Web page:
Volume XXXII, Issue I

Dear Reader, Welcome to the new regime! We’re thrilled to have you. We promise sparkling new content and intrepid reporting; we continue to hope and pray for an issues tab on our website, just as our forebearers did. And we are quite excited about this first issue. We’ve got FYH diving deep into the phenomenon of ‘ghost kitchens’ as a possible salve for the restaurant industry’s pandemic struggles. CHG gets the scoop on Professor Ed Glaeser’s predictions for post-pandemic cities — while also highlighting some excellent bowties. The future of love lies in TCK’s hands as she investigates the Aphrodite Project, an algorithm-based matching service for local college kids. DCB looked into Active Minds, a new mental health group filling the gap left by the temporary disbandment of peer mental health groups. The cancellation of a popular introductory Education course prompted some questions, and SSL and FJB provide some complex answers. In the inaugural article of our ‘Inquiry’ content category — a new space to provide culture commentary — GRO explores a rift over ‘Blue Lives Matter’ flags in her hometown of Weymouth, Mass. And in his Endpaper this week, SDC poignantly details the realities of grieving during the pandemic. At the heart of this week’s issue is the story of how the Federalist Society, born out of Harvard Law School in the 1980s, grew to transform the conservative landscape of American politics. MKT digs deep into the crucible of the group — a rejection of the popularity of leftist ‘Critical Legal Studies’ at the time — and how the group’s rhetoric of persecution has taken lingered in the decades since. We hope you enjoy our very first issue as much as we did. With love, OGO & MNW

Volume XXXI, Issue XX

Dear reader, At the end of each year, FM typically publishes a feature called “15 Most Interesting Seniors.” It’s always felt silly for the editors of a magazine to be the judges of who is “most interesting,” but it felt especially silly to do this in 2020, when a pandemic has spread us all across the world, far away from our campus and its definition of “interesting.” So this year, we decided to switch things up. We generated 15 seniors at random and profiled them — learning about their circumstances and exploring how the pandemic has impacted their lives. In the process, we wrote about seniors who are enrolled in classes and taking time off, who spent the semester on campus and abroad, who are interning and caring for their families. We hope that we’ve painted a portrait of the Class of 2021 as it is — scattered, tired, overwhelmed, and a little hopeful, too. We didn’t intend or expect that this feature would feel celebratory, as has often been the case in the past. In a year so defined by distance, disease, and death, that tone felt, well, at least little inappropriate. But even amid accounts of loss and hardship, our writers found so many things to celebrate — a pitcher on the varsity baseball team getting to play catch each afternoon with his dad, a pair of high school sweethearts taking their cat for walks, an aspiring surgeon caring for nearly 100 small fish. We hope you’ll take some time to get to know the seniors who took some time to let us into their worlds. This issue also inaugurates FM’s first “Illustrated Magazine.” It’s a tradition we hope continues, because wow are our illustrators talented. Marvel at their work as you read beautiful reflections on gaps and how we fill them from JZL, MVE, RLL, JEG, FYH, and SPM. And of course you won’t want to miss goodbye endpapers from the talented AAC and SSAY. What a year it’s been. When we took over as editors of this magazine, we imagined our biggest problems would be exhausted Wednesday mornings in John Boonstra’s HL90 or frustrated Thursday evenings when C’est Bon ran out of non-variety pack Angry Orchard Rosé. Needless to say, things went differently than expected. But seeing our editors and writers come together week after week to keep our magazine chugging along — that’s been a greater joy than we could have ever imagined, too. We can’t wait to see where FM goes under the leadership OGO and MNW. Thanks for faithfully reading — we hope you’ve enjoyed reading our increasingly unhinged closeout notes as much as we’ve enjoyed writing them. Yours, AWDA & NHP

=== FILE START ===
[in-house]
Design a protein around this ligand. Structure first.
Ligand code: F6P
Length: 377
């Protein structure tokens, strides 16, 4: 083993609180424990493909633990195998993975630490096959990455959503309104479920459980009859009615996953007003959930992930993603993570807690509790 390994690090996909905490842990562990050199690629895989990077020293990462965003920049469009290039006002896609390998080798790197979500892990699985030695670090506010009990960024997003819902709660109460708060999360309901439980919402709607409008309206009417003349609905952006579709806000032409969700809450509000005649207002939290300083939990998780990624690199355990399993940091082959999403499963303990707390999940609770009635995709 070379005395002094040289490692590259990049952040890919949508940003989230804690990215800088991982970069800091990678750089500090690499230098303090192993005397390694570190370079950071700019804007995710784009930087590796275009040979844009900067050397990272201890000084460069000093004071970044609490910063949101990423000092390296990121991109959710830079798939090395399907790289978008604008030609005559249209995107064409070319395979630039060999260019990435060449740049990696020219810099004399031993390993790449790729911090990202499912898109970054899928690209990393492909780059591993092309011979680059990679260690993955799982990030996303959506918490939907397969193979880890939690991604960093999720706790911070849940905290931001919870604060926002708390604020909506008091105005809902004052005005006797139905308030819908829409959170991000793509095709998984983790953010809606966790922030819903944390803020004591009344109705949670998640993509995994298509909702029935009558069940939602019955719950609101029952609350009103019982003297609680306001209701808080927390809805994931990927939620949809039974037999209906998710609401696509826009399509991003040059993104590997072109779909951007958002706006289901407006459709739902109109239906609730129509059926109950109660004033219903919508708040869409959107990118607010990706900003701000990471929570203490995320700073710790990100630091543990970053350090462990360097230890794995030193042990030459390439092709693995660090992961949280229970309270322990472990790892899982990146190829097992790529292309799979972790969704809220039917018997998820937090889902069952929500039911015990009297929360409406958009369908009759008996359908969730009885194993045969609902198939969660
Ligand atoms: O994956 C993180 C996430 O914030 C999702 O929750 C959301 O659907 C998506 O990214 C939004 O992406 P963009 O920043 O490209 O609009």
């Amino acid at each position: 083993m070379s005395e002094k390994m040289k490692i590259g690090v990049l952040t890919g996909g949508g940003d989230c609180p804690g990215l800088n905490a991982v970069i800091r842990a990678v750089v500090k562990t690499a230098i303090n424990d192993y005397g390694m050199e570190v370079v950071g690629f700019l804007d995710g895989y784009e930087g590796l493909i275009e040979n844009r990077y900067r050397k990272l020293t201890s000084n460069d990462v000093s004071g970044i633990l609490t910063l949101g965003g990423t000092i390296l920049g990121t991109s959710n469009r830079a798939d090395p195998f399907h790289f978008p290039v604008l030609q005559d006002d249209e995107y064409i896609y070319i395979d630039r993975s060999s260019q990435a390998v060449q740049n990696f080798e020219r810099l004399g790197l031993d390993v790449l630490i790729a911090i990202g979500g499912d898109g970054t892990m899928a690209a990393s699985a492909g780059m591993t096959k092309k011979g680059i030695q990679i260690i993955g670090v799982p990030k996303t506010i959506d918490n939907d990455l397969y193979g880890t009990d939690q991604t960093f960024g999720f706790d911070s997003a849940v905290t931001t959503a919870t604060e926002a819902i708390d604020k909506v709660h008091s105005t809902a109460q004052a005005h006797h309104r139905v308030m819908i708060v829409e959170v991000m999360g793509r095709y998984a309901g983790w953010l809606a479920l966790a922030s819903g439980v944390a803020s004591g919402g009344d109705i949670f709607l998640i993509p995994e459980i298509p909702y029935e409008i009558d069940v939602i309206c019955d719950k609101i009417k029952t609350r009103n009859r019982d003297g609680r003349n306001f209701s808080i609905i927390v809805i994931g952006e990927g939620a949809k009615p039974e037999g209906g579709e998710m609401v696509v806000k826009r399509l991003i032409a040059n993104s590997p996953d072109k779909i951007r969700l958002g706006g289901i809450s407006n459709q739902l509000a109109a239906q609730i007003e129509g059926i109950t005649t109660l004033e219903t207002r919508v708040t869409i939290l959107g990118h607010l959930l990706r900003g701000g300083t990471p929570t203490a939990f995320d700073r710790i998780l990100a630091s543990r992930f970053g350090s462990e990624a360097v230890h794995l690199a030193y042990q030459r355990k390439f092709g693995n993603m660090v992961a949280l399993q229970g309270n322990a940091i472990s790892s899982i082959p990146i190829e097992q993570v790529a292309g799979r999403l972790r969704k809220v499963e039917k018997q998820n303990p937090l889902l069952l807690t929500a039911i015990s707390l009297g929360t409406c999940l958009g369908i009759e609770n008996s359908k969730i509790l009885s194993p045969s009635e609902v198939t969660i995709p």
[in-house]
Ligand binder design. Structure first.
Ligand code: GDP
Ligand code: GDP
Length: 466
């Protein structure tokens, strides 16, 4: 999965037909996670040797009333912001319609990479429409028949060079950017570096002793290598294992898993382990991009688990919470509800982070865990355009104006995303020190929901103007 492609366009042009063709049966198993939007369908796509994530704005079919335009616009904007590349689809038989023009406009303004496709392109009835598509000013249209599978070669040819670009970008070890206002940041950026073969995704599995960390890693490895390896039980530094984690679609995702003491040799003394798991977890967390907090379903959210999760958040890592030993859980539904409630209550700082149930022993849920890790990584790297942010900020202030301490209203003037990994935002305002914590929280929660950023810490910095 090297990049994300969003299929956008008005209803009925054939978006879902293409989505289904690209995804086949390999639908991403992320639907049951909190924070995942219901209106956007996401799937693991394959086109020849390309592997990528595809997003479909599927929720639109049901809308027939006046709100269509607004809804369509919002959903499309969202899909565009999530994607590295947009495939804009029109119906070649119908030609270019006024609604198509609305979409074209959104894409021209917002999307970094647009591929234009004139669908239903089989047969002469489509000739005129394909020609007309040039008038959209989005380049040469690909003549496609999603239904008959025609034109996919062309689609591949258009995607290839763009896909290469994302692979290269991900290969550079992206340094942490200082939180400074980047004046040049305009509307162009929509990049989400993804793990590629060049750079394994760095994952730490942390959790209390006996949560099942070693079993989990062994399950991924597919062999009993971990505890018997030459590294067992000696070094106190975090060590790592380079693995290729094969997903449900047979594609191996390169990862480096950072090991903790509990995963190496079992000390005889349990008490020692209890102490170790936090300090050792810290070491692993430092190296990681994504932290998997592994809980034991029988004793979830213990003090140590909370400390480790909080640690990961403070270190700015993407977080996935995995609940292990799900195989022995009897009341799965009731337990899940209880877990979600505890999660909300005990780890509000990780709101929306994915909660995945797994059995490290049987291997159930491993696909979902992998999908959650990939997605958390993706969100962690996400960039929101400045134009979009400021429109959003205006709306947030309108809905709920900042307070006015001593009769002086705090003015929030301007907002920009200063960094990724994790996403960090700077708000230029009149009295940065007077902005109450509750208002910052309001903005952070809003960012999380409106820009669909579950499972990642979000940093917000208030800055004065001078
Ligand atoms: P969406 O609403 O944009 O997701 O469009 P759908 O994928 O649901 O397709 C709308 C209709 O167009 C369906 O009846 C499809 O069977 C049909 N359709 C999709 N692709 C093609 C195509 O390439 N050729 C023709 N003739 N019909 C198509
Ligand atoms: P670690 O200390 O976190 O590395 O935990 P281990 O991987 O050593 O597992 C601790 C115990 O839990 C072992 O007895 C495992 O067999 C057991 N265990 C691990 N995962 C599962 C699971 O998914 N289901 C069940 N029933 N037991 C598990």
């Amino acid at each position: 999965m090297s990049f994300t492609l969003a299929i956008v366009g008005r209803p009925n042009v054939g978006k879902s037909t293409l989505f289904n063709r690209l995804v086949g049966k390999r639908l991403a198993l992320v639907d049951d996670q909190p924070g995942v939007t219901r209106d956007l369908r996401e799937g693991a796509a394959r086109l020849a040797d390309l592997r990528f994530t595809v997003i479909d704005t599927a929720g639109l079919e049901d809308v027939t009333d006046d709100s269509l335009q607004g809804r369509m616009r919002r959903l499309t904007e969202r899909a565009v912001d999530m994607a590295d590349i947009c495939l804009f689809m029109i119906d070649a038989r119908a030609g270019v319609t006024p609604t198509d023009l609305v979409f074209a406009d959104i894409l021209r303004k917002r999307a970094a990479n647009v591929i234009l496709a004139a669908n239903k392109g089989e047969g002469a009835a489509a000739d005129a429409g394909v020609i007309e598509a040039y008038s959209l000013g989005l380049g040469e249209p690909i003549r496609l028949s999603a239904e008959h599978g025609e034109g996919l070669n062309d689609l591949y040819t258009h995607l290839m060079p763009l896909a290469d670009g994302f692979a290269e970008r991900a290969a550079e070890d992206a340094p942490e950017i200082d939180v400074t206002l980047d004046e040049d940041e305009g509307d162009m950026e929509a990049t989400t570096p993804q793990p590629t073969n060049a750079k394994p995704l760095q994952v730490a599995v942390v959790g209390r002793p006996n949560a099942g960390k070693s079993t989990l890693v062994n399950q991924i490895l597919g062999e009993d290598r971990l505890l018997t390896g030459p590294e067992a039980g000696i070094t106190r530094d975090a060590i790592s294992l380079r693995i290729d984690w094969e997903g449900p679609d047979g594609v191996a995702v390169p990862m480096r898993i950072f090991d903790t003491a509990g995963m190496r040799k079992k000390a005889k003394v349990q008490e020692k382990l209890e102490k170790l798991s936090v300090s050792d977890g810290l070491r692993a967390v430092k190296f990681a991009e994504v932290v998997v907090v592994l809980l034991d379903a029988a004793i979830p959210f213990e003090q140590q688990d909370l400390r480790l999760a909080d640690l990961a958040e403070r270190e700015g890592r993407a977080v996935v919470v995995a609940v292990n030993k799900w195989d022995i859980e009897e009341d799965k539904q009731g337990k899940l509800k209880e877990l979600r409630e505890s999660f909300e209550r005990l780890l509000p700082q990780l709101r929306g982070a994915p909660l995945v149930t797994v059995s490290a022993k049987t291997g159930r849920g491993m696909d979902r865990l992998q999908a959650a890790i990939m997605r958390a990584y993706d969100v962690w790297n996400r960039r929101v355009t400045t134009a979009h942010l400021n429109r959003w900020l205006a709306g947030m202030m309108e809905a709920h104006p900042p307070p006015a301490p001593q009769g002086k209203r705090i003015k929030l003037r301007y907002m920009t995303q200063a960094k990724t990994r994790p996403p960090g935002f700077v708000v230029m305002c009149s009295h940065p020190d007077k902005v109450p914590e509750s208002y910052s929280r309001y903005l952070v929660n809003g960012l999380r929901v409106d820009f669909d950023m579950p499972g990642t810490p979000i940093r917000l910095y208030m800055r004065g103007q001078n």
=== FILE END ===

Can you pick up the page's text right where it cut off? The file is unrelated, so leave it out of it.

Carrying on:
Volume XXXI, Issue XIX

Hey there reader, We know what you’re thinking — “Another issue? These days? In this economy?!” Yeah — we get it. We’re almost done. Anyway, lots of great pieces this week: CHG profiles the first-year who, after receiving a free bulk order of Trojan Condoms, bagged rubbers and candy and distributed them to their fellow freshmen in a socially distanced trick-or-treat-meets-college-campus. TMB “visits” the Passim School of Music, which currently offers folk music classes over Zoom. MMA and AVM talk to the doctor behind the study that found an increased rate of heart attacks following the 2016 election — if you’ve been feeling a little tense these last few weeks. TCK tries out the Novel Kitchen, a “novel” restaurant with a no-cook kitchen operating out of the Brookline Booksmith. SWF and JCDQ tell of the rise of the Harvard Undergraduate Poker Club. AJT rides along with “The Engine,” an MIT-led venture firm that recently won investment from the Harvard Corporation. Vroom vroom! And FJB tells the story of Harold L. Humes, or “Doc,” a troubled fixture of Harvard Square life in the seventies and eighties. You certainly won’t want to miss this week’s two cover stories. In “Beyond the Classroom, Lurking Fears and Conflicting Truths,” MSA gets the inside scoop on how reopening Cambridge’s schools has challenged the district’s commitment to “equity and access,” leaving many parents worried that those at the greatest risk may ultimately have the least say in the process. And in “Ninety-Six Hours in November,” six writers narrate their experiences across the country on election day and throughout the days that followed. FM will take a break these next few weeks to prepare for our final issue of the semester. Until then, stay well. Yours, AWDA + NHP